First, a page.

As you can probably tell from my last post or two, I’ve been working to find a helpful balance of doing and rest. I’ve never valued down time more than I do lately, but I also love my work, and it’s one area of my life that suffered with depression last summer. I’m striving to maintain a reasonable baseline of productivity lately, not because I measure my value by how busy I am, but because creating makes me feel alive.
In the past, I’ve approached productivity zealously. I read books, adopt various hacks, and I scribble endless to-do lists. Invariably, I become frustrated by my inability to keep up with whatever new approach I’m trying. I become discouraged, which in turn makes me less productive.
I’m now examining productivity through the lens of my own experience, rather than somebody else’s. The main thing I’ve learned is that there’s an almost comical discrepancy between how long I think most tasks will take versus how long they actually take. An item that I assume will take a few hours can easily consume an entire work day.
The most shocking thing about this isn’t the fact itself, but rather the fact that it’s been true for a long time. I’ve been making to-do lists and finding that I can only accomplish one or two of five or six tasks for years now. Isn’t the definition of insanity doing the same thing and expecting a different result?
After a few days of being disappointed in how little I was able to do this week, I invited myself to try something new. I planned on doing less each day. I assumed that everything would take a few more hours than I thought it should. I placed my focus on things that were high priority, refusing to get distracted by things that weren’t.
It was such a relief to operate this way. My experience made me think about advice that I often give to nutrition clients about their eating patterns. If you’re constantly hungry, plagued by the feeling that you’ve “failed,” then the eating style you’re trying to maintain isn’t an eating style that works for you. Commit to something you can sustain, something that makes you feel supported rather than depreciated.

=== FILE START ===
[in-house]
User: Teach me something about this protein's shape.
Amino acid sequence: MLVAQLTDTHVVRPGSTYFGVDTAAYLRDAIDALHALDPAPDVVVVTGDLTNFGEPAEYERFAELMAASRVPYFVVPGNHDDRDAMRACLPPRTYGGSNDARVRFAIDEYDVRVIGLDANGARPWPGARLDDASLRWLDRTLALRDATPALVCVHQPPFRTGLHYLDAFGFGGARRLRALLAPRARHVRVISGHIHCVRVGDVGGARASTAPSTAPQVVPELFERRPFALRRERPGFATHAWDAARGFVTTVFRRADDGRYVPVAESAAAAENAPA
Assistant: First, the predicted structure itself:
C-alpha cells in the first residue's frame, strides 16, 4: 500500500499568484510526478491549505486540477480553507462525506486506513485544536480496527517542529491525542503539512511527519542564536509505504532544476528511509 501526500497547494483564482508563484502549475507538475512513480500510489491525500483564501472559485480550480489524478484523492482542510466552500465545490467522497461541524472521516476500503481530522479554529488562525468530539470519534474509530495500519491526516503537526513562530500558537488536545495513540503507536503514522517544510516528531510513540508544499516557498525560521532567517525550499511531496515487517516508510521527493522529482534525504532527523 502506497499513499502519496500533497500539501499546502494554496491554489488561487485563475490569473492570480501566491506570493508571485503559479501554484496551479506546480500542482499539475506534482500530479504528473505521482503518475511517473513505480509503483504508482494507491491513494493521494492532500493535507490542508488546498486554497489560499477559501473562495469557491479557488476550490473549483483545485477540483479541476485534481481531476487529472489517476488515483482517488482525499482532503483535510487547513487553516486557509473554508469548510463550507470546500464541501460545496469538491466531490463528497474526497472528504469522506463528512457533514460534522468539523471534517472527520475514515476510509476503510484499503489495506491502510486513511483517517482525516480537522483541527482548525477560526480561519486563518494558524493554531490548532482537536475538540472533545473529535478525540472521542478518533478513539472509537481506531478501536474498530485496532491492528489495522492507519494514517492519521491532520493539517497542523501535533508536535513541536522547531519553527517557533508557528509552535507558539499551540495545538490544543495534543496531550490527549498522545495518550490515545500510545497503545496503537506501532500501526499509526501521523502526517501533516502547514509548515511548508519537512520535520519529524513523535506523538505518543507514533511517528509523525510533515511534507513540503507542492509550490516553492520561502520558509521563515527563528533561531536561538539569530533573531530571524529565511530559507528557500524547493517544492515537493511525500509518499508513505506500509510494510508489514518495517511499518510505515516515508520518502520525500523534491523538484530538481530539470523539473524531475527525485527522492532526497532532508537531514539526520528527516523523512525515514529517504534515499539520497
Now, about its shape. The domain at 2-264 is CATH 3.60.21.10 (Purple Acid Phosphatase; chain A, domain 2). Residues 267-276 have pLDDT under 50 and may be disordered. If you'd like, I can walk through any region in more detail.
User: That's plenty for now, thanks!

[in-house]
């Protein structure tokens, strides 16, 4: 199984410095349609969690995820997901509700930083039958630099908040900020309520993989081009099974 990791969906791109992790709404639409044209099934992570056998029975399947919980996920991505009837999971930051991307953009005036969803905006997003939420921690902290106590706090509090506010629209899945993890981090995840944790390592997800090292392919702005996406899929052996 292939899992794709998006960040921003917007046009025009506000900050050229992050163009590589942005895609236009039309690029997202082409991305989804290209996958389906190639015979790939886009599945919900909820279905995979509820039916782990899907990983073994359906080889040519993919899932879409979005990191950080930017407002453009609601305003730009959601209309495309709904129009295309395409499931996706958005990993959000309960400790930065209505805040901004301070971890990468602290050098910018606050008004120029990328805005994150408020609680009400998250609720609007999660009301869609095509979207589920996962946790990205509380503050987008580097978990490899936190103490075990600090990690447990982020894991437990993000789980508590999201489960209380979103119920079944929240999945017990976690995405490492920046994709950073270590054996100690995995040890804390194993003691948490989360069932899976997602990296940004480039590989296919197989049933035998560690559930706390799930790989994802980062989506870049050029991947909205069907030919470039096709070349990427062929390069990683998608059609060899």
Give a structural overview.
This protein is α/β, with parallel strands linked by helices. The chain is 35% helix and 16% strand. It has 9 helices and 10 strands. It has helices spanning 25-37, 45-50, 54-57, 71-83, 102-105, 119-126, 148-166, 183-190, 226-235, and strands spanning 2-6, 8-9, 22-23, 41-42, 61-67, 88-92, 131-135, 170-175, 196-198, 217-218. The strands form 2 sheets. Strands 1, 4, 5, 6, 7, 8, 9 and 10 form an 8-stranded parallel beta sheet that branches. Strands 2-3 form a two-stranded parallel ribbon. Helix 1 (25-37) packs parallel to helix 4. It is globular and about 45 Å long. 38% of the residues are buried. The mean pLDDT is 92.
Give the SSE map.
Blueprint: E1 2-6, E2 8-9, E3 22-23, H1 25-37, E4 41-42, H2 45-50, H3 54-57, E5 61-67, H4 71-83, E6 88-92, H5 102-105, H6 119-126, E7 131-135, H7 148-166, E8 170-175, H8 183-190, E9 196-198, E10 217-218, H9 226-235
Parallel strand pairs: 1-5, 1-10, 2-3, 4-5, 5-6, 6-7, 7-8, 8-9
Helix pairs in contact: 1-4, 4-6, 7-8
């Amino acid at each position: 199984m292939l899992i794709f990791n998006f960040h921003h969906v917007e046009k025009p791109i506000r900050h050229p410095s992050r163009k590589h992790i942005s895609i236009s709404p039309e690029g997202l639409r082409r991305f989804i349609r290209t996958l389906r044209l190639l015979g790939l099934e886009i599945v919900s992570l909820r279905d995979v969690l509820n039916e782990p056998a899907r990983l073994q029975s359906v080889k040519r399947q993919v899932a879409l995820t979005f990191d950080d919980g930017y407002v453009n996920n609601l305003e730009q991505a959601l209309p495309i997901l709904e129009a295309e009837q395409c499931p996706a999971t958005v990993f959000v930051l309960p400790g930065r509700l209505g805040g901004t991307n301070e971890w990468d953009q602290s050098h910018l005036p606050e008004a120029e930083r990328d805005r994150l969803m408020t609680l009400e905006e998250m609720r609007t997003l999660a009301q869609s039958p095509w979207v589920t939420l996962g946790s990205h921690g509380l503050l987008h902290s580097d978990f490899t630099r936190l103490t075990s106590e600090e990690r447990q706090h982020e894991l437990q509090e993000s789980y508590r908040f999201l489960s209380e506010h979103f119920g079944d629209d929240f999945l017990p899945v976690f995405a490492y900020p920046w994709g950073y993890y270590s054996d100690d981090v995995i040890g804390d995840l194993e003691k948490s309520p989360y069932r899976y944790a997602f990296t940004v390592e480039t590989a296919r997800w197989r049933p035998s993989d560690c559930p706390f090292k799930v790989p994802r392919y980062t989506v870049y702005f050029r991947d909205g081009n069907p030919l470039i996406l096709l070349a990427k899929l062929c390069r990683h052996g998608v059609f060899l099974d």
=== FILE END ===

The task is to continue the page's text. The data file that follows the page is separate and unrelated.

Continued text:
So much freedom results from meeting yourself where you are, rather than where you think you ought to be. It’s a lesson that I learn again and again, always underestimating its importance. I think back to where I was about eight years ago, writing this blog as I completed my post-bacc, or how I felt last year, as I was doing my internship. I was always rushing, my attention always divided.
That chapter has closed. Now it’s my job to find a work pattern that’s suited to who I am. This means working with my capacities, rather than trying to fight them. I’ll keep doing that, lovingly.
Happy Sunday, friends. Here are some recipes and reads.
I’m bookmarking Nyssa’s beautiful, dairy free chowder to make while corn is in season.
Love the looks of Valerie’s creamy dijon tempeh vegan “chicken.”
Deryn’s got a quick, versatile recipe for black pepper tofu, perfect for serving over rice or cold noodles.
Not sure I could make a dessert this beautiful if I tried! But I will try to recreate Kristina’s vegan black forest naked cake. One of these days.
1. I love artist Aya Brown’s illustrated portraits of black female essential workers.
2. NPR reports on the difficulty of balancing the importance of self-quarantine to prevent Covid-19 transmission with the impact of isolation on mental health, especially among young people.
Similarly, I’m concerned about the impact of isolation on those who are struggling with eating disorders and/or ED recovery. Both can be incredibly difficult without social support and access to higher level care.
3. An examination of growing evidence that air pollution increases susceptibility to the coronavirus. This intersects with the racial disparities in who contracts the virus and is harmed by it at higher rates.
4. I found this op-ed, which details strategies that may make Covid-19 treatment more efficient even without a vaccine, encouraging. I was also interested to read this explanation of Moderna’s mRNA vaccine (a nice, visual primer on aspects of immunology and antibody function, too).
5. Finally, a helpful look at actions you can take to help manage imposter syndrome.
Being committed to realistic goals in the past week resulted in a realistic acknowledgment that the recipes I’d planned to share weren’t ready for sharing. Which means that I can look forward to sharing them this week! Till soon,
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